Onetime Champ Deserves a Marker
Occasionally someone will ask me what my father did for a living.
I figure the person asking the question is looking to attribute my character flaws, which are many, to my father - the apple doesn't fall far from the tree, that sort of thing.
I always own up: "My father was a boxing coach."
"That's odd, and you write poetry?"
"Have you forgotten the great Muhammad Ali?" I'll ask.
Then I'll quote a couplet:
If you were surprised when Nixon resigned,
Just watch what happens when I whup Foreman's behind!
Character flaws notwithstanding, there are two advantages to having a boxing coach for a father. First, you don't backsass him. Second, you end up knowing more about boxers than you need to.
I recall riding with my father up old U.S. 1 north of Raleigh when I was 16. Somewhere near Franklinton, he pulled the Fairlane onto the shoulder and said, "This is where Jack Johnson died."
Even then, I knew part of Johnson's story: He was one of the greatest heavyweight champions of the world - maybe the greatest - but he was also a black man enduring life in Jim Crow America.
"What happened to him?" I asked my father.
"They wouldn't serve him at a restaurant in Raleigh," he explained. "Johnson got angry and drove too fast and lost control of his car. He was an hour away from the nearest black hospital, and when they got him there, it was too late."
We sat on the side of the road for a minute, and I sensed that my father was paying tribute to Johnson, that somehow he felt a connection with the first black heavyweight champion of the world.
Johnson and my father are long in their graves, but I never drive by Franklinton without recalling the moment I spent there with my father - and I always wonder why there's no North Carolina historical marker noting the location of Johnson's tragic accident.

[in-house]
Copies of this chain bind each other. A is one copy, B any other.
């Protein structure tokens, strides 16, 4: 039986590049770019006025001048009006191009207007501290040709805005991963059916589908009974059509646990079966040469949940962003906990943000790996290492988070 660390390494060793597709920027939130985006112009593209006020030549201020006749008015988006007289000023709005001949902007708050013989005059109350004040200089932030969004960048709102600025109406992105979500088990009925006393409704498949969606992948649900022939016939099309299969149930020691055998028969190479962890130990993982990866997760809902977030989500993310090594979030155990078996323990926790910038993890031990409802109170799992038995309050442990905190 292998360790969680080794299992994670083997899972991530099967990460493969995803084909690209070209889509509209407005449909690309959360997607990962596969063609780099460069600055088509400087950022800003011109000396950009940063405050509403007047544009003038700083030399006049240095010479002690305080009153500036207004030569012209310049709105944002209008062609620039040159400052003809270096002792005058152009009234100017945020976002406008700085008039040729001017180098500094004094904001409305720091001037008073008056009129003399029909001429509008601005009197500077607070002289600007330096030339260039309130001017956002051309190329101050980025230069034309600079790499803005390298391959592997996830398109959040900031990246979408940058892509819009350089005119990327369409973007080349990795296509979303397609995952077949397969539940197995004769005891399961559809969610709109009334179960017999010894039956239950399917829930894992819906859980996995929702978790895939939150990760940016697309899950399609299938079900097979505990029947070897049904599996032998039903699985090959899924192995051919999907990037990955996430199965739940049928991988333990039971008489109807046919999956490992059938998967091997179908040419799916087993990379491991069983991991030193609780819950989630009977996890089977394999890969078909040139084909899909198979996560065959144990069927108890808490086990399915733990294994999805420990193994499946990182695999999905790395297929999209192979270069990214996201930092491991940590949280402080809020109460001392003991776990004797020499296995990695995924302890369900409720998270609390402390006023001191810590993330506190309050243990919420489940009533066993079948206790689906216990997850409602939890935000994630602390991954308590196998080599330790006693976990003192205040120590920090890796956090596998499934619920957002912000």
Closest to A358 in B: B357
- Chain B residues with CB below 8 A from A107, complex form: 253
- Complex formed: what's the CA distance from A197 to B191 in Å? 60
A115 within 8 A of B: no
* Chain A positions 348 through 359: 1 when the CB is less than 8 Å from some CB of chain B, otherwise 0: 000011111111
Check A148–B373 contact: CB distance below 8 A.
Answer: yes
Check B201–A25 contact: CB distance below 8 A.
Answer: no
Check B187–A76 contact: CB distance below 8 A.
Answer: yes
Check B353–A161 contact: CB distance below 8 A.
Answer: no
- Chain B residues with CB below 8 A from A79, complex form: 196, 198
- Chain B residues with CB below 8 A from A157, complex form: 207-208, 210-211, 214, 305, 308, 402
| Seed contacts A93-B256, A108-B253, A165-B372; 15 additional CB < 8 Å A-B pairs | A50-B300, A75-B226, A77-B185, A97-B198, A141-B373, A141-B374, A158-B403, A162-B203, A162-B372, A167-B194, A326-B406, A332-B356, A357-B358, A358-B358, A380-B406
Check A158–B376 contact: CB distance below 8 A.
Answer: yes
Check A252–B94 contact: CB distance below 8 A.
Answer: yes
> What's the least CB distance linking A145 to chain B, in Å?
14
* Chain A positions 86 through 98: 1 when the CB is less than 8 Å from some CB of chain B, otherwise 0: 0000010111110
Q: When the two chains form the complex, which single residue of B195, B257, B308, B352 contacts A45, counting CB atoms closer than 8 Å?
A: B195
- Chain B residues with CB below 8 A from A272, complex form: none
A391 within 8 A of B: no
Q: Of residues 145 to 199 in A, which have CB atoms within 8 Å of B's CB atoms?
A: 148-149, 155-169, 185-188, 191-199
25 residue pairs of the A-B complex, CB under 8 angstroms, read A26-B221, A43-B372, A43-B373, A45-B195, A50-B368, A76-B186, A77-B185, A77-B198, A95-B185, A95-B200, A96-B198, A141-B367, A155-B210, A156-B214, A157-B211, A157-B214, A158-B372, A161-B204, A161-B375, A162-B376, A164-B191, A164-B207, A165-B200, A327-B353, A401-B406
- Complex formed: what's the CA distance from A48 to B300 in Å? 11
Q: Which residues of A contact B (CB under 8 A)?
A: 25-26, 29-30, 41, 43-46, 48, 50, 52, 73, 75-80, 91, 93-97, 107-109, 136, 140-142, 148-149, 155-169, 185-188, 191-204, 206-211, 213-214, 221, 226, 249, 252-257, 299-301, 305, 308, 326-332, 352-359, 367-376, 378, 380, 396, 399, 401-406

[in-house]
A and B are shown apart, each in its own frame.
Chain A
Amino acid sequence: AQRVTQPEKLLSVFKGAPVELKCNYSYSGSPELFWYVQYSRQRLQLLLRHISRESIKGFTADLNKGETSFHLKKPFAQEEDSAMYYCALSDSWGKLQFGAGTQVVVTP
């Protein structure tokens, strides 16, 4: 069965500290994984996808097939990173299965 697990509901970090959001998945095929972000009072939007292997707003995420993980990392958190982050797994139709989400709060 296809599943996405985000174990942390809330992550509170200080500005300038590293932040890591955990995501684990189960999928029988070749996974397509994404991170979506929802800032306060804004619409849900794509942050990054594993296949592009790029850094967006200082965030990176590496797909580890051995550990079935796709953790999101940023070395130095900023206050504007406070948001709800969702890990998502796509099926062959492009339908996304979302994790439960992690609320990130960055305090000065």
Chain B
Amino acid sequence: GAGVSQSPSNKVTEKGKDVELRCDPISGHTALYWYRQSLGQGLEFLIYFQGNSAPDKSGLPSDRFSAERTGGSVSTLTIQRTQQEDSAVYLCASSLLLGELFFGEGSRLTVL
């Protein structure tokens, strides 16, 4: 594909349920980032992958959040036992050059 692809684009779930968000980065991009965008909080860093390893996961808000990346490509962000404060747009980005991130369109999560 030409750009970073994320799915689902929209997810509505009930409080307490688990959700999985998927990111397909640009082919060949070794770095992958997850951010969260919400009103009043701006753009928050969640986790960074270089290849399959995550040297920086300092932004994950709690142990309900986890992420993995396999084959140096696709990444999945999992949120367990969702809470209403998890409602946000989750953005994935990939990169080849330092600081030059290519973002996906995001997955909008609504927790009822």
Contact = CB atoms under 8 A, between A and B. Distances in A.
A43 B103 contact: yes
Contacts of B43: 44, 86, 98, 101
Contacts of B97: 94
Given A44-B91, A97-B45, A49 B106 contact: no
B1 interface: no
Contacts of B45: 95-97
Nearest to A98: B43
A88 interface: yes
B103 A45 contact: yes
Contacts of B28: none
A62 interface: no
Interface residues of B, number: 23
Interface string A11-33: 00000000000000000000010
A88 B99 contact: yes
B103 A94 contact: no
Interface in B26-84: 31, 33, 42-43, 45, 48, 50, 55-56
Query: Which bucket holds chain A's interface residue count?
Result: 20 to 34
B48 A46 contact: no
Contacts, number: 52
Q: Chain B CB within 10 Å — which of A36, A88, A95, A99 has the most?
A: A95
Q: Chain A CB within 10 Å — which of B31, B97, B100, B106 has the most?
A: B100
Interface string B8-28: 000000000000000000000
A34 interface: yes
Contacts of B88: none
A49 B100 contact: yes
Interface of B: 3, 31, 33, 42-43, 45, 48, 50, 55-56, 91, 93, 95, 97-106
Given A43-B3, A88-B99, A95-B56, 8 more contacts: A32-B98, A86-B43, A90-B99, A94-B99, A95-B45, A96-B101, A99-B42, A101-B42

The Office of Archives and History isn't reluctant to recognize other famous American athletes. On Gillespie Street in Fayetteville there's a monument to Babe Ruth's first home run. And on Church Street in Rocky Mount, a marker proclaims that Jim Thorpe, "Indian athlete, star of the 1912 Olympics, made his professional baseball debut with Rocky Mount Railroaders, 1909. Ball park was 300 yds. W."
Thorpe was a Native American, so I'm not suggesting that the state's failure to recognize Johnson is the result of racial bias. And I don't believe that inclusion in the North Carolina Historical Marker Program is based on an honoree's behavior in life. After all, Thorpe drank himself to death, and Ruth's reputation as a hell-raiser and womanizer is well-documented.
I do suspect, however, that Johnson was a little too controversial for his own good. During his 68 years, he did all he could to anger white society, flouting conventions regarding caste and class in America. And he openly challenged the taboo against miscegenation. When a reporter asked him why white women found him so attractive, he answered, "I eat cold eels and think distant thoughts."
In 1913, Johnson was convicted by an all-white jury of violating the Mann Act - "transporting women across state lines for immoral purposes." He was sentenced to a year and a day in federal prison. Released on bond pending appeal, Johnson fled to Canada and made his way to Europe, where he lived as a fugitive for seven years. He eventually returned to the United States to serve his sentence.
When judged by the manners and morals of the time, Johnson was a tough customer, but he helped break down racial barriers in America. And he was proud to the end. The affront that led to his death occurred in this state, and we should give serious thought to erecting a historical marker to his memory.
We owe Jack Johnson that.
Stephen Smith lives in Southern Pines. Contact him at email@example.com.
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